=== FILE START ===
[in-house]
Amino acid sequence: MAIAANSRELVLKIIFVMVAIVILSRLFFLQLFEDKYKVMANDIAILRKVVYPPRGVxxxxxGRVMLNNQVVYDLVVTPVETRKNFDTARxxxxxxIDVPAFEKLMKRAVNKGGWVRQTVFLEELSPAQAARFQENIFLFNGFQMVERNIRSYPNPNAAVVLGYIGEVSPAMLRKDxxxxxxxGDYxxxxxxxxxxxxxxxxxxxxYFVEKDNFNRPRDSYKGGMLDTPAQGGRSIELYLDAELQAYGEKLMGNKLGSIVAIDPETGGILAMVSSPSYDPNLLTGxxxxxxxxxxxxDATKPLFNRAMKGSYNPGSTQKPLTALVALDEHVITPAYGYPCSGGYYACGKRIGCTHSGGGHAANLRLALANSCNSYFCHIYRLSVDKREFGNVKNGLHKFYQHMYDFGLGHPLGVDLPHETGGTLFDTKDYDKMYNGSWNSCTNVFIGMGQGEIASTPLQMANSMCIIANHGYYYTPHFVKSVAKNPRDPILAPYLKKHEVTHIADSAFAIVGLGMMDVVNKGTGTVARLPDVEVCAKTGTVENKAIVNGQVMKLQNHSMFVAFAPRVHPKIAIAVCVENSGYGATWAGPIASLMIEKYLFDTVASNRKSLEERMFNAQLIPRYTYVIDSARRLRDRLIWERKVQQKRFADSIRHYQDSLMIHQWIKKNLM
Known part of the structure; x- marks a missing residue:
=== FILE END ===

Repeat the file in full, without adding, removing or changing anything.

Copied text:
[in-house]
Amino acid sequence: MAIAANSRELVLKIIFVMVAIVILSRLFFLQLFEDKYKVMANDIAILRKVVYPPRGVxxxxxGRVMLNNQVVYDLVVTPVETRKNFDTARxxxxxxIDVPAFEKLMKRAVNKGGWVRQTVFLEELSPAQAARFQENIFLFNGFQMVERNIRSYPNPNAAVVLGYIGEVSPAMLRKDxxxxxxxGDYxxxxxxxxxxxxxxxxxxxxYFVEKDNFNRPRDSYKGGMLDTPAQGGRSIELYLDAELQAYGEKLMGNKLGSIVAIDPETGGILAMVSSPSYDPNLLTGxxxxxxxxxxxxDATKPLFNRAMKGSYNPGSTQKPLTALVALDEHVITPAYGYPCSGGYYACGKRIGCTHSGGGHAANLRLALANSCNSYFCHIYRLSVDKREFGNVKNGLHKFYQHMYDFGLGHPLGVDLPHETGGTLFDTKDYDKMYNGSWNSCTNVFIGMGQGEIASTPLQMANSMCIIANHGYYYTPHFVKSVAKNPRDPILAPYLKKHEVTHIADSAFAIVGLGMMDVVNKGTGTVARLPDVEVCAKTGTVENKAIVNGQVMKLQNHSMFVAFAPRVHPKIAIAVCVENSGYGATWAGPIASLMIEKYLFDTVASNRKSLEERMFNAQLIPRYTYVIDSARRLRDRLIWERKVQQKRFADSIRHYQDSLMIHQWIKKNLM
Known part of the structure; x- marks a missing residue: